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Elizabeth Sandifer

Elizabeth Sandifer created Eruditorum Press. She’s not really sure why she did that, and she apologizes for the inconvenience. She currently writes Last War in Albion, a history of the magical war between Alan Moore and Grant Morrison. She used to write TARDIS Eruditorum, a history of Britain told through the lens of a ropey sci-fi series. She also wrote Neoreaction a Basilisk, writes comics these days, and has ADHD so will probably just randomly write some other shit sooner or later.Support Elizabeth on Patreon.

7 Comments

  1. dm
    October 22, 2015 @ 6:50 am

    Going forward, I feel like we should use Mayor Kevin Burns’s full title in these podcasts.

    Reply

  2. Riggio
    October 22, 2015 @ 2:08 pm

    Listening to the podcast now. Your conversation about the respectability of Doctor Who really piqued my interest. I generally agree with you that Doctor Who works best when it pokes holes in people’s attitudes of respectability. But there’s something you and Kevin didn’t quite touch on.

    The popular perception of comedy as unworthy of respect. Prestige television is commonly associated with drama, and the commenterati, if you could call it that, never – or at least rarely – puts comedy in that category. So Game of Thrones gets to put fantasy in prestige television because of its pessimism and dour seriousness. And Battlestar Galactica’s violence, intense drama, and serious, dark tone put science-fiction in the category of prestige television.

    So for an American viewer interested in installing Doctor Who in the ranks of prestige cable television, it means being a descendent of The Sopranos or The Wire. Doctor Who would have to be bleak, intense, and constantly serious above all. So when Doctor Who spends an episode murdering guest characters and meditating on the angst of its leads, it matches this superficial model of prestige TV. But it doesn’t match the actual nature of prestige TV, because Before the Flood wasn’t good enough to be prestigious. And if every episode was of that quality, the season would be a failure.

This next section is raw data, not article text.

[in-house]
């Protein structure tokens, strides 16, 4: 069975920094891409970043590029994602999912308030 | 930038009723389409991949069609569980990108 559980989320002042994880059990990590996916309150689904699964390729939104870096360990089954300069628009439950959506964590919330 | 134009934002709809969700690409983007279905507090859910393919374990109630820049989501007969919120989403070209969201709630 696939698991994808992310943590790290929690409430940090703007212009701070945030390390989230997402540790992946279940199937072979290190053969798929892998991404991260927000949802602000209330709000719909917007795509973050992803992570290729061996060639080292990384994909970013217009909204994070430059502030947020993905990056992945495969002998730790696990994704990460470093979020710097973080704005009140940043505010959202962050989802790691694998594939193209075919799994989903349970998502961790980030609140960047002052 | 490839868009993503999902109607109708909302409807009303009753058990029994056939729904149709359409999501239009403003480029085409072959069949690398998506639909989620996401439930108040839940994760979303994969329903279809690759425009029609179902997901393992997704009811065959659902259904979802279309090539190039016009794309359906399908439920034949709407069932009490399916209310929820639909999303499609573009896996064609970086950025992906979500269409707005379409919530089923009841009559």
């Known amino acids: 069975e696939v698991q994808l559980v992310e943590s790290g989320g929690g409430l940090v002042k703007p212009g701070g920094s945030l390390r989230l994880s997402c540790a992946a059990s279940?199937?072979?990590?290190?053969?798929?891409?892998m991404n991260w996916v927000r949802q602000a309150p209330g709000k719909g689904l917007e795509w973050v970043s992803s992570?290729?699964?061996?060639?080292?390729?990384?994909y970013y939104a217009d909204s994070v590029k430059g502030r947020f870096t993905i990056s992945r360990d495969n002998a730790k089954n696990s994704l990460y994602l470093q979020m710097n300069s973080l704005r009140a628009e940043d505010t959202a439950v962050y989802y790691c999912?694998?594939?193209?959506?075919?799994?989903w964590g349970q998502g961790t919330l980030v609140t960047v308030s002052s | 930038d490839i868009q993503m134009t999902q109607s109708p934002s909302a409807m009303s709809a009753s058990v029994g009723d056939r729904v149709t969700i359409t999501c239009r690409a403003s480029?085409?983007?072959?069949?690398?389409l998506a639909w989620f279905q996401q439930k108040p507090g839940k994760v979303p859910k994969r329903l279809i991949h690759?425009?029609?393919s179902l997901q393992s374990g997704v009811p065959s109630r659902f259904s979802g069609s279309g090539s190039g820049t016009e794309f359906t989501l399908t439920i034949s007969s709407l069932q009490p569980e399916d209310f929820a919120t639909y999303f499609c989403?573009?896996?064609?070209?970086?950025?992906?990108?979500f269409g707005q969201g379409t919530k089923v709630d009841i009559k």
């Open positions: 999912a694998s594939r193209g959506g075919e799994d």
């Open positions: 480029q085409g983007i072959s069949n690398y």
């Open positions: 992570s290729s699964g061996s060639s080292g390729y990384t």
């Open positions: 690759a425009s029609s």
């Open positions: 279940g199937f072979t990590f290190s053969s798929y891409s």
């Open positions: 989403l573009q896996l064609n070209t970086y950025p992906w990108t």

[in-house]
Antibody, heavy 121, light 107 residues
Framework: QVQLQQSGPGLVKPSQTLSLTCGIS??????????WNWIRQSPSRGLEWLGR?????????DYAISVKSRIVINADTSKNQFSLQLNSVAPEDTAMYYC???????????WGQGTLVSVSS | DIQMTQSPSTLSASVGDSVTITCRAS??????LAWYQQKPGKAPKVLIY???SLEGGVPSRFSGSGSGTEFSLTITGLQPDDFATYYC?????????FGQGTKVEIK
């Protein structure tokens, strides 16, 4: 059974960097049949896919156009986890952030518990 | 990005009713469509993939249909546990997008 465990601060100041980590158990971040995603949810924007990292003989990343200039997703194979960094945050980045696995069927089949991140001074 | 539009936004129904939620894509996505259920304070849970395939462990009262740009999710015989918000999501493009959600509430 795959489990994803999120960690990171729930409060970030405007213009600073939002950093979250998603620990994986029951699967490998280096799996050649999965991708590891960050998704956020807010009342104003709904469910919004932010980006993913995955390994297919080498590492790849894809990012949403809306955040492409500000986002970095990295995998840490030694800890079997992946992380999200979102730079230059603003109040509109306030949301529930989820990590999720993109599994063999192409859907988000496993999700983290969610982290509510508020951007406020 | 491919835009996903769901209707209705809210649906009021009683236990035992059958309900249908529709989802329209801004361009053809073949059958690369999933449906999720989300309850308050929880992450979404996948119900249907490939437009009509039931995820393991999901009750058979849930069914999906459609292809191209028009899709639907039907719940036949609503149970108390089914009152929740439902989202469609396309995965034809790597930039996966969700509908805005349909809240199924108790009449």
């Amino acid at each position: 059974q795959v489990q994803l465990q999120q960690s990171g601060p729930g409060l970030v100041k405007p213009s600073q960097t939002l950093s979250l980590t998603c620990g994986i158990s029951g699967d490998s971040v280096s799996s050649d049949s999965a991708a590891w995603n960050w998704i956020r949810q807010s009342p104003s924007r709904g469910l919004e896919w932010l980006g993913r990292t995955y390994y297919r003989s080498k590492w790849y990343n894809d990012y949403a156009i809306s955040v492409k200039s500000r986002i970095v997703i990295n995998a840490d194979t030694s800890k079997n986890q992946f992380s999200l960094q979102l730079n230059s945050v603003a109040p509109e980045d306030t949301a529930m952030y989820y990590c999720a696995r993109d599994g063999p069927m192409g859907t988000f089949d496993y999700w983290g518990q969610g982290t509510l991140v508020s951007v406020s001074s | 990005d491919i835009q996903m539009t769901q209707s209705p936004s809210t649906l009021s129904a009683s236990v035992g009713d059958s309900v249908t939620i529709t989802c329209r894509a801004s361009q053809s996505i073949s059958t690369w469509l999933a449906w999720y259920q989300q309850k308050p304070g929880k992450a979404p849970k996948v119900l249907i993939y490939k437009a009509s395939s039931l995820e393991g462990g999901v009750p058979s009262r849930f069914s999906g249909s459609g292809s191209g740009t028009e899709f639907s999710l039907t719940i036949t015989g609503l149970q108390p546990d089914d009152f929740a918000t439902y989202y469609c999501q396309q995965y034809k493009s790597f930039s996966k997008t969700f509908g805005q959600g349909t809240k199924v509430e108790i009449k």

Doctor Who is a show that needs a balance of humour and drama. I thought The Girl Who Died struck that balance expertly, with Mathieson’s tight turn from the comedy of the monster adventure to the fallout of Ashildir’s death. The superficial understanding of prestige television thinks you achieve it by making your show like The Sopranos, The Wire, and Mad Men. But you really make prestige television by making good art.

    Reply

  3. Dadalama
    October 22, 2015 @ 3:05 pm

    Silly? Really?

    It’s Doctor Who. One of the best episodes of classic who had a giant paper mache snake.

    Reply

    • Sean Dillon
      October 22, 2015 @ 3:50 pm

      Another had a monster made out of candy, and yet another had an alien that looked like a penis. (No, not that one. Not that one either. Yes, that one.)

      Reply

  4. Anton B
    October 24, 2015 @ 7:00 am

    The UK has a tradition of sneaking high drama and social commentary onto TV via comedy. Steptoe and Son in the 1960s was practically Samuel Beckett meets Harold Pinter. We also have a healthy habit of deflating pomposity in art with jokes. Sometimes from within (Damien Hurst, Banksy) sometimes as critique (sadly the still prevalent reaction to ‘modern art’ in the tabloids is mockery).

    That Doctor Who has always attempted to provide humour, reflect social attitudes, explore new styles, speculate on the future and provide tea time entertainment for all the family is the secret of its success. All attempts to go gritty grimdark serious drama (usually combined with an over emphasis on Universe building, Canon and Continuity) have been doomed to failure.

    Reply

    • Dadalama
      October 24, 2015 @ 10:59 am

      Well, depends on your definition of gritty.

      I find Warhammer 40k one of the silliest fictional universes out there.

      Reply

      • Dadalama
        October 24, 2015 @ 11:17 am

        probably not the right kind of silly for Doctor Who though 😛

        Reply

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